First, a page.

Upper Ewaso Ng'iro Catchment, Kenya
MONITORING OF SPRING YIELDS
Of Kenya's five drainage basins, the Ewaso Ng’iro River basin is the largest one. With an area of 210’000 square kilometres it covers 37 percent of Kenya's land mass. However, it only contributes to 7 percent of the total annual surface discharge of the country.
Annual rainfall ranges from 800 - 1200 mm/year in the highlands at the foot of Mt. Kenya, Africa's second highest mountain, down to 300 - 500 mm/year in the lowlands. Most of the precipitation falls during the two wet seasons lasting from October through December and from April through June. Approximately 60 percent of the basin's area receives rainfall with less than 50 percent of its potential evaporation.
Any water deficit below the humid and sub-humid zones of Mount Kenya has to be compensated by river water on which most communities in the catchment have become strongly reliant for agriculture, animal farming and domestic use. As an example, the upstream irrigated area has increased from an estimated 227 hectares in 1969 to 4'088 hectares in 1999 and the trend seems to continue unabatedly into the 21st century. The decreasing trend of river discharge in the mid- and downstream can be attributed to the increasing human appropriation upstream as no reduction in precipitation of the same magnitude has been observed there.
Regular upstream-downstream water allocation conflicts are observed in the basin between the different stakeholder groups that have their specific and often competing interests in the use and appropriation of the land and water resources. These conflicts are aggravated by weak governance. For example, it is estimated that more than half of all abstractions do not have a valid water use permit despite the official governmental regulation being in place. Reasons include, among other things, an ineffective, tedious and exceedingly long application process for obtaining an abstraction permit, a severe disconnect between water users and the agency and the difficulties of compliance monitoring due to inadequate and insufficient monitoring equipment.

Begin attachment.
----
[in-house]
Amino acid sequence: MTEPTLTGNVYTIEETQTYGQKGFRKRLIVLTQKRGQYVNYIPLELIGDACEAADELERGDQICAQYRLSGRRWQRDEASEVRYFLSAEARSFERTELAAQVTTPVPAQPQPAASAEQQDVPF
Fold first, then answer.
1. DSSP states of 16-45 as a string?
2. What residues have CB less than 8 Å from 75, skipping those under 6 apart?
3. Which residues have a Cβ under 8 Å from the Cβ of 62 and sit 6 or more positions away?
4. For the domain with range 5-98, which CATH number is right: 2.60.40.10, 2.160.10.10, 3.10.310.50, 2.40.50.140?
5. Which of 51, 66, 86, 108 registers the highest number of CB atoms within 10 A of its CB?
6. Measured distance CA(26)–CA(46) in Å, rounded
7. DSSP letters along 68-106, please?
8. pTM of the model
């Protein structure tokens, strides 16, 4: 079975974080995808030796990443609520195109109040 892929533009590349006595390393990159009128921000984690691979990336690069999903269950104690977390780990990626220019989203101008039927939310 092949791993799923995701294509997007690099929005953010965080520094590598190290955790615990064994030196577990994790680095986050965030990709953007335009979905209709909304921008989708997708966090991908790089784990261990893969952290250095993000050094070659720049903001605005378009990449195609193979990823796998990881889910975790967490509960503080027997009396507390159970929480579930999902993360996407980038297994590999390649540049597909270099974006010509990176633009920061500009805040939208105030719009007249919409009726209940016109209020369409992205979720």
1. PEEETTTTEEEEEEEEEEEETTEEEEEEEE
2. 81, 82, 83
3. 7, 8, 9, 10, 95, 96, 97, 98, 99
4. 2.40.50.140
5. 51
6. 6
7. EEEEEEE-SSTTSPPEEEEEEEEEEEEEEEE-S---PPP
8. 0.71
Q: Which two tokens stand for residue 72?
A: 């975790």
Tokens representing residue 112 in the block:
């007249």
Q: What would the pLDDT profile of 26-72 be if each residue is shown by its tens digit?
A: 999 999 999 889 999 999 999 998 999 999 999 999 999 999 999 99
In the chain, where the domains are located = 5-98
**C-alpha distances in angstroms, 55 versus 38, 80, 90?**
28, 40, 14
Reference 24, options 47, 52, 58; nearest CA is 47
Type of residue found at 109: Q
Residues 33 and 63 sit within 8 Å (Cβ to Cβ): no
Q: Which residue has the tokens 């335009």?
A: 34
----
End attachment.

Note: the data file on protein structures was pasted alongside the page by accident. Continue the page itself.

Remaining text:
The lack of a proper, dense and functioning monitoring network is critical as the general governmental neglect of the hydrometeorlogical network in Kenya - as elsewhere in Africa - does not allow for proper water resources planning and operational management. The Centre for Training and Integrated Research in ASAL (Arid and semi arid lands) Development (CETRAD), a bilateral institution acting between the Government of Kenya through the Ministry of Water and Irrigation and the Swiss Agency for Development and Cooperation (SDC) through the Centre for Development and Environment of the University of Bern, is partly filling existing institutional and data gaps through their water user associations (WRUA) building activities as well as resource monitoring which they are carrying out for measuring discharge in rivers. CETRAD has requested for the discharge.ch technology be tested at selected sites in the Upper Ewaso Ng'iro Catchment with the plan for later upscaling after the testing phase.